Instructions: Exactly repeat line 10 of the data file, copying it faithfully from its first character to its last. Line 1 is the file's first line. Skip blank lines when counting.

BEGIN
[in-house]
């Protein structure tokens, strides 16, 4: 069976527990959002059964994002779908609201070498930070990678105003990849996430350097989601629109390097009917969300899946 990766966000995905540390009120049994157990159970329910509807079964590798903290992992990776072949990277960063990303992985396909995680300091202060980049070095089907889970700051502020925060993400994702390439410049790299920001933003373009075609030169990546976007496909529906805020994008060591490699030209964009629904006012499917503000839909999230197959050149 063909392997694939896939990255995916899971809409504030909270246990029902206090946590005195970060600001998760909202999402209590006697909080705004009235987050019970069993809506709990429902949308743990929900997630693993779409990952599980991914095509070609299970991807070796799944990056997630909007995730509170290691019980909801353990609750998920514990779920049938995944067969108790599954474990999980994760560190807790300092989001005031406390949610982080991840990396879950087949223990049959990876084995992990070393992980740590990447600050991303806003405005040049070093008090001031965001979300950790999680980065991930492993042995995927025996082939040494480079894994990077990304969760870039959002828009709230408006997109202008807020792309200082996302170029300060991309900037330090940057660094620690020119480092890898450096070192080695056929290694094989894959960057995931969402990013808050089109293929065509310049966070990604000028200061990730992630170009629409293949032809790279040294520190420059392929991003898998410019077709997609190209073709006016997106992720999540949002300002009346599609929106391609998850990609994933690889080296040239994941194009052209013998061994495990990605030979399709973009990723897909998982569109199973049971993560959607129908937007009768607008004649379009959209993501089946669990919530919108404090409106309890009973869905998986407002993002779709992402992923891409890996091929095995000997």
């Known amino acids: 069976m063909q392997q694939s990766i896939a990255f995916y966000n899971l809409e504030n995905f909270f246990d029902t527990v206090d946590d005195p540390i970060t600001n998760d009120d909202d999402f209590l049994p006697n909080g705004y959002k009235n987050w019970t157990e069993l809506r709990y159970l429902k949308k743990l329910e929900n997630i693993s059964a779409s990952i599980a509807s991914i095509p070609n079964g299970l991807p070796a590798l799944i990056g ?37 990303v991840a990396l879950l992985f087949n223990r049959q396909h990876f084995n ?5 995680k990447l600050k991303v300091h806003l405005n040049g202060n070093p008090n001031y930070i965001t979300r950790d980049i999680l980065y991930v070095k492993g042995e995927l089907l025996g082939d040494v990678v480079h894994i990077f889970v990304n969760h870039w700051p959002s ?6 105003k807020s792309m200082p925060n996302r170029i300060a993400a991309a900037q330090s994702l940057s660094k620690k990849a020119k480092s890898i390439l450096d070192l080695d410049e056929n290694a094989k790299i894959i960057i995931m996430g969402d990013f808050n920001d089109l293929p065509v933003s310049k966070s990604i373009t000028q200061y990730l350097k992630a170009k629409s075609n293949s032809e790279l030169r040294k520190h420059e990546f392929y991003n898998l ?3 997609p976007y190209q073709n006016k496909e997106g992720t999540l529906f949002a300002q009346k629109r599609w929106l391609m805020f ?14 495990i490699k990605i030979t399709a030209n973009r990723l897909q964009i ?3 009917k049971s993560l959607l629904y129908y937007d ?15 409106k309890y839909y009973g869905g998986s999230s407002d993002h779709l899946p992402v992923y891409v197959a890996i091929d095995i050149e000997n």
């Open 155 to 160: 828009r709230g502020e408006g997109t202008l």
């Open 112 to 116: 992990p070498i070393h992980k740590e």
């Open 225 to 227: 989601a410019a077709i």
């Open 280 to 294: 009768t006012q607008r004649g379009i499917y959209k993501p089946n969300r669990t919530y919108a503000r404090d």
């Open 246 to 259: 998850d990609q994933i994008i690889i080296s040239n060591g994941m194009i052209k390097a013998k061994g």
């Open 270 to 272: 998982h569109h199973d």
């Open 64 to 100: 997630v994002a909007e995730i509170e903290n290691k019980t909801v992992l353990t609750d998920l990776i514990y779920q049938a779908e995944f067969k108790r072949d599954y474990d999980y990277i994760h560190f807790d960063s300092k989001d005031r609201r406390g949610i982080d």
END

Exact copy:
């Open 64 to 100: 997630v994002a909007e995730i509170e903290n290691k019980t909801v992992l353990t609750d998920l990776i514990y779920q049938a779908e995944f067969k108790r072949d599954y474990d999980y990277i994760h560190f807790d960063s300092k989001d005031r609201r406390g949610i982080d």